We have all heard the saying that Knowledge is Power, and I live by that belief. By empowering our youngest patients and their families, we’re able to optimize the care we provide, improve our outcomes, and truly practice family-centered care.
As a regional program consultant, I have a role in ensuring that resources are available to families requiring services from the Children’s and Women’s Health Program. I’m often called upon to assist staff in providing resources to families after a new, life-altering diagnosis, or the loss of a child, sibling, or pregnancy – or to offer information that helps them to prepare for surgery or other procedures.
I love being able to ensure families have the resources and support they need during some of the most difficult times in their lives. I always refer them to the Janeway Resource Centre where there are resources available for all age groups within the pediatric population – to help them and their families to understand an illness, treatment, or behavioral challenge.
The Centre is a welcoming space with books, computers, toys, a kitchenette, and a quiet room. Families enjoy dropping by as a distraction from what can often be a stressful, hospital environment.
The Centre is a comfortable, stress-free place for families and individuals to obtain information about their health – in person, or from anywhere within our province. The services offered by the Janeway Resource Centre include a lending library, sharing of electronic resources, providing support to specialized groups, and the Janeway Reading Program.
There is a librarian available to discuss the needs of the individual or family and to recommend helpful resources, based on their individual health and well-being. Books can be borrowed in person, through e-mail, or by phone, and can be mailed anywhere within the province with a self-addressed, prepaid return envelope.
In addition to the librarian, there are many volunteers who assist with the programs offered through the Centre. Volunteers are available to read to children, both within the centre and in the clinical setting, to do arts and crafts; deliver books to patients or families admitted to hospital; and much more.
The Janeway Reading Program is much loved by all who’ve had the opportunity to experience it! Volunteers visit the inpatient units of the Janeway, the emergency department, and outpatient clinics – and offer to read books to the children. For those waiting in the emergency department, it has been a welcome distraction for the sick child, as well as any siblings who might be there.
On the inpatient units, while the children enjoy story time, parents appreciate the opportunity to take a much needed break.
Since children primarily learn through play, reading to them about their illness or procedure is a great way to prepare them for what to expect.
When I was a staff nurse working in the perioperative department in the Janeway, I saw firsthand how beneficial it was to prepare children for surgery by reading to them. Some parents chose not to tell their child why they were coming to the Janeway until they arrived – and more often than not, the child was distressed and traumatized by the process of having to leave their parents, and walk down an unfamiliar corridor into a ‘scary room’ with strangers wearing operating room hats and masks.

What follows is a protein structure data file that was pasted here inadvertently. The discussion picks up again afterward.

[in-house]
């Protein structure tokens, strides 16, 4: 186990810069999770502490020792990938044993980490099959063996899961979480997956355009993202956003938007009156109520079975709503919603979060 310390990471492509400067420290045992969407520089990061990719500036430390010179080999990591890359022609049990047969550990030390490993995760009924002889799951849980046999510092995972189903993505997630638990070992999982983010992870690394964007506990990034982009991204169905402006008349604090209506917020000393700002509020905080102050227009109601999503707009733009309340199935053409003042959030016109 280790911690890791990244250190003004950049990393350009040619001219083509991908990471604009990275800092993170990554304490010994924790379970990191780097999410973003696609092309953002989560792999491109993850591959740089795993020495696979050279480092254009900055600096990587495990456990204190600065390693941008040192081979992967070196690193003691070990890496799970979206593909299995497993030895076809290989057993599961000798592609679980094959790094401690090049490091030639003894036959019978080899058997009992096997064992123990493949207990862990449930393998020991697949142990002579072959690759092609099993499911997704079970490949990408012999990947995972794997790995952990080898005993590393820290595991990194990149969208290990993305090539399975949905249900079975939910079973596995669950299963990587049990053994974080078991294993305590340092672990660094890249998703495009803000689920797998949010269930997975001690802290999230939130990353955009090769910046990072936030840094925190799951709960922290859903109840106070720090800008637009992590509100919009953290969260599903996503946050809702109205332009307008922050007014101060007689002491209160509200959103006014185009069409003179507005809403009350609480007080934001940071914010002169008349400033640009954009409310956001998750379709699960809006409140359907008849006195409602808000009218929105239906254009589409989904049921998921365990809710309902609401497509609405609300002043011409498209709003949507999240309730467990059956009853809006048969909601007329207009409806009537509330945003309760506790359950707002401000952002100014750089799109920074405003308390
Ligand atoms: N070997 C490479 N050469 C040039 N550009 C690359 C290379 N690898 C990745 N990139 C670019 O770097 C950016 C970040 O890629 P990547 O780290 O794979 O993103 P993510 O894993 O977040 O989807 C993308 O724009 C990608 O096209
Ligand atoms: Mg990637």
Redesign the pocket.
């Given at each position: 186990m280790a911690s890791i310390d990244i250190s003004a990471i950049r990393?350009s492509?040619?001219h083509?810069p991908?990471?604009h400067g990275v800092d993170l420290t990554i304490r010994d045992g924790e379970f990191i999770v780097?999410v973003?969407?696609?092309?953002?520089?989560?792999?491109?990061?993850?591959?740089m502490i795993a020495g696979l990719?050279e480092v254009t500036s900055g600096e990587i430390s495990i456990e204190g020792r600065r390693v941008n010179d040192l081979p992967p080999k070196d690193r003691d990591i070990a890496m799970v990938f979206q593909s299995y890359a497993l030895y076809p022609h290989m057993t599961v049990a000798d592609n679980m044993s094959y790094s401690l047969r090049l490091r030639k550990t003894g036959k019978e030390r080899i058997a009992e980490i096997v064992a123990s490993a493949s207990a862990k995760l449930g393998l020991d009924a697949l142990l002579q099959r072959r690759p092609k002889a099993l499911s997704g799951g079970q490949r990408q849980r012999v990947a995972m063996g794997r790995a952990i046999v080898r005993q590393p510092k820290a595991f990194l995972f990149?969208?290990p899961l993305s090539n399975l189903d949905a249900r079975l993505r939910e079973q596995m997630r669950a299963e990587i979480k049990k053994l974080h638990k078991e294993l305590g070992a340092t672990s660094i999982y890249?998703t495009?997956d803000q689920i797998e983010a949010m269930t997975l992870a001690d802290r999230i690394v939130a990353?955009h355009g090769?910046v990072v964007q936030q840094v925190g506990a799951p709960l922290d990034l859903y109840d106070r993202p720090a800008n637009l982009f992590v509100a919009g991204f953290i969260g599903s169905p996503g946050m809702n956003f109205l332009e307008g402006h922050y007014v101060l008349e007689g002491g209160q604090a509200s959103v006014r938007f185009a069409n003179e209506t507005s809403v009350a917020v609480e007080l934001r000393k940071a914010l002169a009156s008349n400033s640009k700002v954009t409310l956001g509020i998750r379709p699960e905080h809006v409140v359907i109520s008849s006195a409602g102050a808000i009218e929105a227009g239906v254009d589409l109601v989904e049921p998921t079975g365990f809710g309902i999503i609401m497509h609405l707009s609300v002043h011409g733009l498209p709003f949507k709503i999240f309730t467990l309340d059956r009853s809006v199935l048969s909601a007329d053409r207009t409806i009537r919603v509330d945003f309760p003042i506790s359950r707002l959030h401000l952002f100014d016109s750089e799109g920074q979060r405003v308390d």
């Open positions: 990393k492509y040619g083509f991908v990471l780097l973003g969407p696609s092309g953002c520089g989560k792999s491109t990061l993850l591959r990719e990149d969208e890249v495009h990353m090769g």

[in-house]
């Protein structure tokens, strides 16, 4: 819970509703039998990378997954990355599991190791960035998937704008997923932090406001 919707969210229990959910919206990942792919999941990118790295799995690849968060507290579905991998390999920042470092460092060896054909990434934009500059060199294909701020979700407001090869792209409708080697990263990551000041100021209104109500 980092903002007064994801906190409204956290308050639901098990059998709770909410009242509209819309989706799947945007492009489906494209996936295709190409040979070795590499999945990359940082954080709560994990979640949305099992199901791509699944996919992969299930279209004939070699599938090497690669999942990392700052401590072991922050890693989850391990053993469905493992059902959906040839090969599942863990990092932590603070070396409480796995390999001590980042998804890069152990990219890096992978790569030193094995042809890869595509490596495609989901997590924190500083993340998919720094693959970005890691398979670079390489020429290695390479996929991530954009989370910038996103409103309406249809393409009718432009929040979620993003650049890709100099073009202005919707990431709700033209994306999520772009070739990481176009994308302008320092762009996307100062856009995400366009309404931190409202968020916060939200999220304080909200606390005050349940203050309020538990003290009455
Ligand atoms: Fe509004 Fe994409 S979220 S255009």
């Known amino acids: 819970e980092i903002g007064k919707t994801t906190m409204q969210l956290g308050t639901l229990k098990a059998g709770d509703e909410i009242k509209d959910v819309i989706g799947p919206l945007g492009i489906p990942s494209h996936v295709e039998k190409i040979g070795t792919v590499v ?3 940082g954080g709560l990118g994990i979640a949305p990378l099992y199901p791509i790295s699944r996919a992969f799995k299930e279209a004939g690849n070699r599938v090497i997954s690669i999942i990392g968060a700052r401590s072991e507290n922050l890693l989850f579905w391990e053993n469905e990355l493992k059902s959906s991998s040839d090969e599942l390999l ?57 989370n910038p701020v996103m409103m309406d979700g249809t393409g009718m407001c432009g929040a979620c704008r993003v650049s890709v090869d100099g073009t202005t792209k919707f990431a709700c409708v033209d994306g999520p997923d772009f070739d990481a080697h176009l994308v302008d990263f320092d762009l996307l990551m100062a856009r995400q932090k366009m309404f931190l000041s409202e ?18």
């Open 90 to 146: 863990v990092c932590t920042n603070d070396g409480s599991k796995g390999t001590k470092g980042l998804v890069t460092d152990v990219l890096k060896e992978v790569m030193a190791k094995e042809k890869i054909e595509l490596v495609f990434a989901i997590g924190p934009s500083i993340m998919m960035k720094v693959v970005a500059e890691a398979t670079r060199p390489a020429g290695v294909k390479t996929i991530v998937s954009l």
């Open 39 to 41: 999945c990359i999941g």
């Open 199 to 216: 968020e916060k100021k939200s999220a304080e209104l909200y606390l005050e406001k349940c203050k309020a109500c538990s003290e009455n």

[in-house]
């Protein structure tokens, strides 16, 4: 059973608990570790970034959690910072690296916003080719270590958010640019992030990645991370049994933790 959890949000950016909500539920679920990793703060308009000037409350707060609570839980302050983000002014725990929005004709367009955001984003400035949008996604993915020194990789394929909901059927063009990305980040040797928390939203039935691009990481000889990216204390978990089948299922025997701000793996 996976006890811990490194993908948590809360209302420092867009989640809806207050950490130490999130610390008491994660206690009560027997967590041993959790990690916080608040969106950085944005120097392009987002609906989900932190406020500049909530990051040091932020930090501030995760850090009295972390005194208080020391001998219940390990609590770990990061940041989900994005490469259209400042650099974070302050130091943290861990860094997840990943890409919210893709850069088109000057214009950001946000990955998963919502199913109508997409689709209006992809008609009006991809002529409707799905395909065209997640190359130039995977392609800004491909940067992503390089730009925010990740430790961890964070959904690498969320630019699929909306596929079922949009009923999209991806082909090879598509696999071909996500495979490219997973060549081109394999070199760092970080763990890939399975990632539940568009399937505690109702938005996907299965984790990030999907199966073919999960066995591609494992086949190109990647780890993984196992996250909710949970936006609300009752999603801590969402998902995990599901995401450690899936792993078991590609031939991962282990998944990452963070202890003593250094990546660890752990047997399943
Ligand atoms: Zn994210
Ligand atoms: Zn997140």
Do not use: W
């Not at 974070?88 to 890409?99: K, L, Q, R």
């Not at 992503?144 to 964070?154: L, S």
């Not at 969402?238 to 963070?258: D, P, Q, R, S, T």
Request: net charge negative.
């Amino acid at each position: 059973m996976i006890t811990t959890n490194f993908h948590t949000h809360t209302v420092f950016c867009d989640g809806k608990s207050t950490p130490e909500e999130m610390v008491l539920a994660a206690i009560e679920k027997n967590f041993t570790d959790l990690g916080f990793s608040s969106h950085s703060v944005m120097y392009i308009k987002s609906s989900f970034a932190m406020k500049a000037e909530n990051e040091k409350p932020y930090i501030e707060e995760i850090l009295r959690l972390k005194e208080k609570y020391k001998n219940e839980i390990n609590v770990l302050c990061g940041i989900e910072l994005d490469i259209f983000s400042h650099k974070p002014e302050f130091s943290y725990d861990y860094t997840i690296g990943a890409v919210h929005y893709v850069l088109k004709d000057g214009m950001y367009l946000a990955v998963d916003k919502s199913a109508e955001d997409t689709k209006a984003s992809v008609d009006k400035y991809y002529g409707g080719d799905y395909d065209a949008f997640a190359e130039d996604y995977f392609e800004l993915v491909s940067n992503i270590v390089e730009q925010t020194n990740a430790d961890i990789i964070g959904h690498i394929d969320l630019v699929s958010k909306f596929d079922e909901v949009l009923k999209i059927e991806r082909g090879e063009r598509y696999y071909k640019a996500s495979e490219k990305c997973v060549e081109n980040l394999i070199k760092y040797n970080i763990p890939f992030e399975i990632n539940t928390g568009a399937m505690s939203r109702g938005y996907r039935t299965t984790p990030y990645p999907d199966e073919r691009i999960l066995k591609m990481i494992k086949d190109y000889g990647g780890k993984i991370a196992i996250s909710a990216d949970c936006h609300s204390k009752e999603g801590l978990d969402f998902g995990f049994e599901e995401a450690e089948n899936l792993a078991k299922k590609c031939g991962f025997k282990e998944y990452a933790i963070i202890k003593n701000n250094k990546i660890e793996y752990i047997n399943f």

On the other hand, children whose parents spoke to them about the process and read them stories such as “Franklin Goes to the Hospital” and “The Surgery Book for Kids” prior to coming to the Janeway, were much happier and could anticipate what to expect during their stay.
The Reading Program would not be possible without our volunteers or the generosity of the Janeway Foundation and the public. All of our resources are either purchased through donations, or are donated from organizations and individuals.
The Janeway Resource Centre is also involved in community outreach, and has worked with the provincial department of education and early childhood development to help improve children’s literacy and take a proactive approach to health and well-being. Our librarian has collaborated with schools to speak to teachers and parents to promote resources on topics such as:
- mental health (both for child or parents who are not well);
- controlling emotions;
- anxiety (separation anxiety, worrying);
- relationships (siblings, friendship, divorce, adoption and foster care);
- grief and loss;
- health and fitness/nutrition; and
- chronic illness/disease/disabilities and special needs/inclusion.
In addition to books and online resources, the Janeway Resource Centre’s other local resources include pamphlets/brochures of what to expect before, during and after surgery, information for care at home, and information on procedures/treatments. These resources are available to the public via the Centre’s website, with access 24 hours a day, 7 days a week.
The services offered by the Centre are in keeping with Eastern Health’s vision of Healthy People, Healthy Communities. By providing reliable health information, the Centre ensures that individuals have access to the knowledge they need to be as informed and healthy as they can be!
For more information or to request resources/services, please contact the Janeway Resource Centre by phone at 777-2946; by e-mail: email@example.com; or visit their website at http://www.janewayresourcecentre.ca ■
This story was written by Crystal Northcott, a Children’s and Women’s Health program consultant at Eastern Health.
This article is informative and concise without being dry. Very well written! Thank you…I learned quite a bit of information!